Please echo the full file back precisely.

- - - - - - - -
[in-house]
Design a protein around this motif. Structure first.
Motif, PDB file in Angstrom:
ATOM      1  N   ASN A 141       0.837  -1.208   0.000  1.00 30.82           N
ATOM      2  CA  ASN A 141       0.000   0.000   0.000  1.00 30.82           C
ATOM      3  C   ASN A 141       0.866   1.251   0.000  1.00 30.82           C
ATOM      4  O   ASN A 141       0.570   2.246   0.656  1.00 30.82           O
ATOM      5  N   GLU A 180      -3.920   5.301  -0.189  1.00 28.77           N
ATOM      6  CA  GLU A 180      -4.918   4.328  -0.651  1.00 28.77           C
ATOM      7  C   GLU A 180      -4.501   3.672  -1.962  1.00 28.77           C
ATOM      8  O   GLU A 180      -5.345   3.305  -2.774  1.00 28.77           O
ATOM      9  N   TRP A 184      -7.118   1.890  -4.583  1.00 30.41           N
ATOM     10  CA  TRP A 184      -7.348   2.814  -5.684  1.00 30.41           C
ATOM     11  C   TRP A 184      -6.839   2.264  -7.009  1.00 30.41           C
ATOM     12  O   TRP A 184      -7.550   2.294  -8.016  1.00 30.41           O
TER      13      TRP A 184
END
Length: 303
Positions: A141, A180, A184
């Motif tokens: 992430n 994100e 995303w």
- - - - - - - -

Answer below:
[in-house]
Design a protein around this motif. Structure first.
Motif, PDB file in Angstrom:
ATOM      1  N   ASN A 141       0.837  -1.208   0.000  1.00 30.82           N
ATOM      2  CA  ASN A 141       0.000   0.000   0.000  1.00 30.82           C
ATOM      3  C   ASN A 141       0.866   1.251   0.000  1.00 30.82           C
ATOM      4  O   ASN A 141       0.570   2.246   0.656  1.00 30.82           O
ATOM      5  N   GLU A 180      -3.920   5.301  -0.189  1.00 28.77           N
ATOM      6  CA  GLU A 180      -4.918   4.328  -0.651  1.00 28.77           C
ATOM      7  C   GLU A 180      -4.501   3.672  -1.962  1.00 28.77           C
ATOM      8  O   GLU A 180      -5.345   3.305  -2.774  1.00 28.77           O
ATOM      9  N   TRP A 184      -7.118   1.890  -4.583  1.00 30.41           N
ATOM     10  CA  TRP A 184      -7.348   2.814  -5.684  1.00 30.41           C
ATOM     11  C   TRP A 184      -6.839   2.264  -7.009  1.00 30.41           C
ATOM     12  O   TRP A 184      -7.550   2.294  -8.016  1.00 30.41           O
TER      13      TRP A 184
END
Length: 303
Positions: A141, A180, A184
């Motif tokens: 992430n 994100e 995303w």